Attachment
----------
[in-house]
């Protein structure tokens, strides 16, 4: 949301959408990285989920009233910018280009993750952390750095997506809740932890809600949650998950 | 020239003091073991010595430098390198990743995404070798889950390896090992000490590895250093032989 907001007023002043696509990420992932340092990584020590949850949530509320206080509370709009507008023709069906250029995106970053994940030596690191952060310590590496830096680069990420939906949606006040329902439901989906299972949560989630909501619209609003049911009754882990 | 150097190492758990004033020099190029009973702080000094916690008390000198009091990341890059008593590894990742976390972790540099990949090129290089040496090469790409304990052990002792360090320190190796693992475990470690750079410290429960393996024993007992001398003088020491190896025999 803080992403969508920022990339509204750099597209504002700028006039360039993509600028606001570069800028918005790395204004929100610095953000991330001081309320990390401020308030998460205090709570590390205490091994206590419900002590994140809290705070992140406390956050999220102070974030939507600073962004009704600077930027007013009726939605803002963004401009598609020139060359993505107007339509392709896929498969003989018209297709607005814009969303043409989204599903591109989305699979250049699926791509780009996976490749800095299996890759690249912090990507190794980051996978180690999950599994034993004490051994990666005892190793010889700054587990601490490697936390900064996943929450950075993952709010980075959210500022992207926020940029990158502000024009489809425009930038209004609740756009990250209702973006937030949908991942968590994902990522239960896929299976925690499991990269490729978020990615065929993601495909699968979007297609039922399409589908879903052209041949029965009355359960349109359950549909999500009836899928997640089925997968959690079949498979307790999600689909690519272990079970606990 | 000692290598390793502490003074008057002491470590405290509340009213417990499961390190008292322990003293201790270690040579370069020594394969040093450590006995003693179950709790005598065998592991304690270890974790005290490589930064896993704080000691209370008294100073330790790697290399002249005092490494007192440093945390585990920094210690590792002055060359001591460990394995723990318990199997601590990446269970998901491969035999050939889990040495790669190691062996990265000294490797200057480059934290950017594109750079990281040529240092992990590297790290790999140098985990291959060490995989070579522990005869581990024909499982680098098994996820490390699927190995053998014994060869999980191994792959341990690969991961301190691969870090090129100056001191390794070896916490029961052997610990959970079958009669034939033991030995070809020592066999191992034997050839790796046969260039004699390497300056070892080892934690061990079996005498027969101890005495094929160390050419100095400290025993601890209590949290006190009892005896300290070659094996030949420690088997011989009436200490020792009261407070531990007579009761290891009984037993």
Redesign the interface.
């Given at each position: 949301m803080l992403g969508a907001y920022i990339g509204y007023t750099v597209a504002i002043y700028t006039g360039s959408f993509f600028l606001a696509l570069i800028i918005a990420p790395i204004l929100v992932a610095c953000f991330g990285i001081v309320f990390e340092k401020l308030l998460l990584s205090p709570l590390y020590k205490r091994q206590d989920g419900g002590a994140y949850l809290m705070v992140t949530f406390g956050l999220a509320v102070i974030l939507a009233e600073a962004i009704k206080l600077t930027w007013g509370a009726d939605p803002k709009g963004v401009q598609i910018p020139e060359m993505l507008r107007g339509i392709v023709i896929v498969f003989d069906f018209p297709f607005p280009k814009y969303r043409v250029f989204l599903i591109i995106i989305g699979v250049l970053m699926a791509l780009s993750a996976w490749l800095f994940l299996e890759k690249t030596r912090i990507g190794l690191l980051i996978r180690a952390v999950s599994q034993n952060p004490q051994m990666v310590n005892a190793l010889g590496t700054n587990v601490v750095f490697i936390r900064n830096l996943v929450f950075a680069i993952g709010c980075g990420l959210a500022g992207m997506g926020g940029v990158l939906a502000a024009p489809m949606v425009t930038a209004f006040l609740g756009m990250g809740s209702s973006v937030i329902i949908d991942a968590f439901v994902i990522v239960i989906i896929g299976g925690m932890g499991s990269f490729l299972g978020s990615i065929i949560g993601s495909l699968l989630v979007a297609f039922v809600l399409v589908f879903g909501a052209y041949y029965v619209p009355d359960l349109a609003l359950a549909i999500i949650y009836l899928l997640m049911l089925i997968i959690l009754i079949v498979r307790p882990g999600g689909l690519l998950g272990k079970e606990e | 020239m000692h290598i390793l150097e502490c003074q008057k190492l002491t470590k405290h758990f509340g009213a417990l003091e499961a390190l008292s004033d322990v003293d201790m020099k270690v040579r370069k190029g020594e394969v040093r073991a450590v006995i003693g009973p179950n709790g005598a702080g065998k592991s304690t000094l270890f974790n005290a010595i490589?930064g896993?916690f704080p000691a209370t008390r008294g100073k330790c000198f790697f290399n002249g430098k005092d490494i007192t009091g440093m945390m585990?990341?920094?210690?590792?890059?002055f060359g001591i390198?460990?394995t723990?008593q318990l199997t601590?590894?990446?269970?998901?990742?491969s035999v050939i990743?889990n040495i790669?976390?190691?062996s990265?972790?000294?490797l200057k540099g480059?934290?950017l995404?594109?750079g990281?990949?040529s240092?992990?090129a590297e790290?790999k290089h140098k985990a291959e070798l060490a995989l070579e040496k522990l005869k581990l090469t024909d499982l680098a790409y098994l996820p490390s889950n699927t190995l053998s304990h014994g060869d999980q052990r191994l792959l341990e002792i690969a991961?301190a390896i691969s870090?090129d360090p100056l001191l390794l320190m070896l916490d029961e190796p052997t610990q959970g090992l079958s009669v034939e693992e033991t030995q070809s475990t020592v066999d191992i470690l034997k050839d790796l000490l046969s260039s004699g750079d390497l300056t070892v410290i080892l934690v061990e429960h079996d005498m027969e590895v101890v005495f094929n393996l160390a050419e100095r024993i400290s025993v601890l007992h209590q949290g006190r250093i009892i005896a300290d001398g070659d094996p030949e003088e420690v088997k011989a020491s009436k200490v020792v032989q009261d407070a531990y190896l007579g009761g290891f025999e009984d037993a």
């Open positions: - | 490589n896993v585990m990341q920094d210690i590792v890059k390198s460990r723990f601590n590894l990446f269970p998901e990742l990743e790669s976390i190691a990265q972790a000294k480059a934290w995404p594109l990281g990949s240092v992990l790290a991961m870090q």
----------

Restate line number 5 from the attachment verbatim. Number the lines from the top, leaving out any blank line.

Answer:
């Open positions: - | 490589n896993v585990m990341q920094d210690i590792v890059k390198s460990r723990f601590n590894l990446f269970p998901e990742l990743e790669s976390i190691a990265q972790a000294k480059a934290w995404p594109l990281g990949s240092v992990l790290a991961m870090q």